S.E.C. Response to Mosul – A Babylonian Lament

Why we sang a lament today

Posted: 20 Jul 2014 07:20 AM PDT

It has been a pretty depressing week on the news front. The downing of the plane in the Ukraine, the continued terrorism of Boko Haram in Nigeria, the invasion of Gaza and the oppression of the Christians (and other religious groups) in Iraq by ISIS have been a huge amount of negative events that feel terrible.

As I was preparing to take the worship this morning, I saw a picture of an 1800 year old church burning in Mosul in Iraq.

Now, burning churches are just buildings but this seemed to represent the organised oppression of a whole communion. They Christians of Mosul have been told to convert to Islam, pay an infidel’s tax or be slaughtered. They are one of the oldest Christian communities in the world and thousands of them have now fled for their life, their homes being marked by ISIS with a symbol indicating that Christians live there allowing particular buildings to be targeted.

I decided this morning that our worship needed to include something that had not previously been planned for. I decided to include a lament. Given that the city of Mosul sits astride one of the rivers of Iraq (ie Babylon) it seemed appropriate to sing from Psalm 137 – by the waters of Babylon we sat down and wept.

Now the context from when it was first sung to our present age is different but the sense of lament is the same. Lament is what happens when anger and sadness meet and start to sing in harmony, creating a song that suggests that the singer is not happy to let the world rest in its current state.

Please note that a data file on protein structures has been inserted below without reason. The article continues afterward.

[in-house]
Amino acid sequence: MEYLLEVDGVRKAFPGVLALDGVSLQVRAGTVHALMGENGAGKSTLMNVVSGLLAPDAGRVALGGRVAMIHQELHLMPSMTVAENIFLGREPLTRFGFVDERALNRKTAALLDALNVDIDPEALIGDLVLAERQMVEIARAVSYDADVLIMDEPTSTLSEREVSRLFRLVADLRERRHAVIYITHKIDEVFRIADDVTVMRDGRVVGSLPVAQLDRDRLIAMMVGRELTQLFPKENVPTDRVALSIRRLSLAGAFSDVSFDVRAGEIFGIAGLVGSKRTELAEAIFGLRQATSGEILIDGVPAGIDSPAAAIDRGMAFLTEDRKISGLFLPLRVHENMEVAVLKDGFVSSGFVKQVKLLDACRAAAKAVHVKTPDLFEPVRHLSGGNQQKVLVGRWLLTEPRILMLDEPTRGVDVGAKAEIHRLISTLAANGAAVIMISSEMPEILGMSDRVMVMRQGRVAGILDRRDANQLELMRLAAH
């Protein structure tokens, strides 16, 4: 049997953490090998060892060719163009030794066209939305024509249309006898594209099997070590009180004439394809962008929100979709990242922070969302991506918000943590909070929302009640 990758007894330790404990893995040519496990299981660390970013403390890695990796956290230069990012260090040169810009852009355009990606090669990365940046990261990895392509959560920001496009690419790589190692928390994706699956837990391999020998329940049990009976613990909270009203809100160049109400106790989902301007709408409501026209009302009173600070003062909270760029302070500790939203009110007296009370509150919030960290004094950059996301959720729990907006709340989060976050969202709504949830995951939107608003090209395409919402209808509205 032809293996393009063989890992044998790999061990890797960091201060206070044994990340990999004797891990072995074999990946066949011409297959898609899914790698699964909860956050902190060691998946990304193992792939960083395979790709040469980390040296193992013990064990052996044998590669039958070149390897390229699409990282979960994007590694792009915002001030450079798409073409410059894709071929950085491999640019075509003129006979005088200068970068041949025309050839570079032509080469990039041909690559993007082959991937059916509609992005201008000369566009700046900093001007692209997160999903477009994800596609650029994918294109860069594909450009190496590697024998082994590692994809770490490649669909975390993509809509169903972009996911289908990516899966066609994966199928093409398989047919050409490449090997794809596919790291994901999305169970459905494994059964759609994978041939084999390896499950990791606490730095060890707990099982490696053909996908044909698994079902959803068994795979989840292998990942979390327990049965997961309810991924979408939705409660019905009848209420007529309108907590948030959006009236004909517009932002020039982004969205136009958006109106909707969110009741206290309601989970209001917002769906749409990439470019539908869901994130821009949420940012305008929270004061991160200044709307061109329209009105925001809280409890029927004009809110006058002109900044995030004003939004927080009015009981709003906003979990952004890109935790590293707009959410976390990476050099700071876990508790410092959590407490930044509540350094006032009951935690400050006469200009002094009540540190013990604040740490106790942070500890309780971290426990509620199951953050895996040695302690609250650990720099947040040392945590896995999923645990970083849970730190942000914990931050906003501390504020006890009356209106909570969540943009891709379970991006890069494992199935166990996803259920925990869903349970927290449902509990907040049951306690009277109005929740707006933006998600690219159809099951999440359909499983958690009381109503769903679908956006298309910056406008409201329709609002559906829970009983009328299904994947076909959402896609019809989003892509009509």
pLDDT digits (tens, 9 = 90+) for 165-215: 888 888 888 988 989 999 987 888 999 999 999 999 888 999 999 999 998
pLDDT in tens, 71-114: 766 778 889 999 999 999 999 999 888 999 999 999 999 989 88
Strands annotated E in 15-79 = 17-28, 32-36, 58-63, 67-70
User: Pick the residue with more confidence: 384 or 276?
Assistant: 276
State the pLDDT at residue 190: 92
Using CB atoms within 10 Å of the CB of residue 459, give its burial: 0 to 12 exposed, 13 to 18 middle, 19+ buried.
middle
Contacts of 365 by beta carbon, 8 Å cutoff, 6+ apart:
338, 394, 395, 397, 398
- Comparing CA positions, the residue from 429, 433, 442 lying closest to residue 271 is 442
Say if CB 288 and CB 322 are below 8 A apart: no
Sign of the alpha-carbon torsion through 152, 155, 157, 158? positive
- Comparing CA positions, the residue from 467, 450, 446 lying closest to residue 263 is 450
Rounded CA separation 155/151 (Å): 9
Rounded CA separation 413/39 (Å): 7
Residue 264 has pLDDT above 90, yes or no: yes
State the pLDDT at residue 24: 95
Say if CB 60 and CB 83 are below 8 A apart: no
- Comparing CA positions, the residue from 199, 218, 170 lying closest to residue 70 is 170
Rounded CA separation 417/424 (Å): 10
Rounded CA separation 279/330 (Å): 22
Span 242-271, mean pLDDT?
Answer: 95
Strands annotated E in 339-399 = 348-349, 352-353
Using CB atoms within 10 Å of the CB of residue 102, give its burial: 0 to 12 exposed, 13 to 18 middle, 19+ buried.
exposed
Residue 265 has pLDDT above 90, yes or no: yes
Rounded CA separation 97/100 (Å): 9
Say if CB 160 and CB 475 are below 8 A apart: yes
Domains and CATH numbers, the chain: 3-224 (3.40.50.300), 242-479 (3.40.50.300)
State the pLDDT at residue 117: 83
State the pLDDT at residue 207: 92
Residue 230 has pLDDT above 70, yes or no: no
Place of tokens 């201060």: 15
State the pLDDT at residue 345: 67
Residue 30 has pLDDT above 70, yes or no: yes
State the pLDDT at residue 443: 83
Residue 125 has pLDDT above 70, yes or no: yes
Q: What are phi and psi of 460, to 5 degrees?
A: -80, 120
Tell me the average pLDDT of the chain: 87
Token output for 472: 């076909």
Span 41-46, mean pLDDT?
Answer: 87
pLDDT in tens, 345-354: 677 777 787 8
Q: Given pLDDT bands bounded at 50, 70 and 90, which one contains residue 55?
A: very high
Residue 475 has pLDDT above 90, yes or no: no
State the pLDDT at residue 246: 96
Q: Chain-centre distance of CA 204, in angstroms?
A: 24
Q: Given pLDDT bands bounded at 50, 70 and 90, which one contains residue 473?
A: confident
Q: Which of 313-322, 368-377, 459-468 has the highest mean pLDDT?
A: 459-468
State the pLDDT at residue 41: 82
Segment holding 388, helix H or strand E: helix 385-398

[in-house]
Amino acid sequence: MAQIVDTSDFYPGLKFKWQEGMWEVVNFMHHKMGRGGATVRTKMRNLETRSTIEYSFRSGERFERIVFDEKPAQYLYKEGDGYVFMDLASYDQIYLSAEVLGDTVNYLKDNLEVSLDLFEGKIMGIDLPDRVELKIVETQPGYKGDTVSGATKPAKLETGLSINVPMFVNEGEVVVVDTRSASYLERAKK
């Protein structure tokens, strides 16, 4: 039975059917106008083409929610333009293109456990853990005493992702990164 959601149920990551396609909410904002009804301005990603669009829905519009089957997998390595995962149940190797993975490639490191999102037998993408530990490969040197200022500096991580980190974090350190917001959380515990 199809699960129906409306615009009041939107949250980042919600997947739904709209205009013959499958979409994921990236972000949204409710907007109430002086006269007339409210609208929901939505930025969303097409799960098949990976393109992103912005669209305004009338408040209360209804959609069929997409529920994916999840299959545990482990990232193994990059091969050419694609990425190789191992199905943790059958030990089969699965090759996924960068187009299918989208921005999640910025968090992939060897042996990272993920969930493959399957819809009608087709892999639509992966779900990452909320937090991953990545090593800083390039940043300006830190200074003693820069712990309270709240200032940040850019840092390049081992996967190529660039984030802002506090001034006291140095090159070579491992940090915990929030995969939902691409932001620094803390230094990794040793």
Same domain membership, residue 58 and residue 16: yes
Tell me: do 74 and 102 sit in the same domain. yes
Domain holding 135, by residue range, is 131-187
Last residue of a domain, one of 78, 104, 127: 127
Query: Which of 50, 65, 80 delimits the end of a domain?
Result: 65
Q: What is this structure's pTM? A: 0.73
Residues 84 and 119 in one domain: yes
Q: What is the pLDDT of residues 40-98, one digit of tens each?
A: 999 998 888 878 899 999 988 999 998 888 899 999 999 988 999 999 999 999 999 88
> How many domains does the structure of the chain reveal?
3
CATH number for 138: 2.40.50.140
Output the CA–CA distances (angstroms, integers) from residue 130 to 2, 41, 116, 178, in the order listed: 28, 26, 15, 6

And so we sang the simple round, “By the waters, the waters of Babylon” during our worship at St Mary’s this morning.

[You can hear others having a go at singing it over on Youtube]

It wasn’t the most dramatic or glorious music we’ve had in St Mary’s recently. However, it was some of the most heartfelt.

When we meet on Sunday’s our songs are generally songs of praise and rightly so. However, we have other songs in our repertoire. Today was a day for lament. And in lamenting to claim that a better world is possible.

The post Why we sang a lament today appeared first on What is in Kelvin’s Head?.



Yet another article from the Scottish Episcopal Cathedral in Glasgow – St. Mary’s – where the Provost, Father Kelvin Holdsworth, now draws attention to the plight of Christians in Mosul – at the hands of the revolutionary Sunni Islamic State of Iraq and Syria (ISIS).

All Christians need to pray for the Christians of Iraq and Syria, whose religious and simple human rights are being taken away by a fundamentalist brand of the Islamic Faith that does not even recognise the authenticity of its own Muslim religious Shia branch of Islam – which used to co-exist peaceably with the Sunni Muslims during the time of the dictator Saddam Hussein in Iraq – has now joined up with other Islamic fundamentalists from Al Qaeda to declare war on both Shiai Muslims and Christians, with the aim of demanding their conversion to Sunni Islam, or living with the threat of their summary expulsion from Iraq and Syria.

The current offensive tactics against Christian in Mosul is all the more regrettable, because of the the fact that the Chaldean Church has its origins in Iraq (the former Babylonian territory).

The expulsion of a Christian monastic community from Mosul could spell the end of the Christian presence in that place, and is an ongoing threat to all Christians in both Iraq and Syria. This state of affairs could well indicate a time of great persecution of Christians in the entire Middle-East.  Jesus, mercy; Mary, pray!

Father Ron Smith, Christchurch, New Zealand

About kiwianglo

Retired Anglican priest, living in Christchurch, New Zealand. Ardent supporter of LGBT Community, and blogger on 'Thinking Anglicans UK' site. Theology: liberal, Anglo-Catholic & traditional. regarding each person as a unique expression of Christ, and therefore lovable.
This entry was posted in Uncategorized. Bookmark the permalink.

Leave a Reply

Fill in your details below or click an icon to log in:

WordPress.com Logo

You are commenting using your WordPress.com account. Log Out /  Change )

Twitter picture

You are commenting using your Twitter account. Log Out /  Change )

Facebook photo

You are commenting using your Facebook account. Log Out /  Change )

Connecting to %s

This site uses Akismet to reduce spam. Learn how your comment data is processed.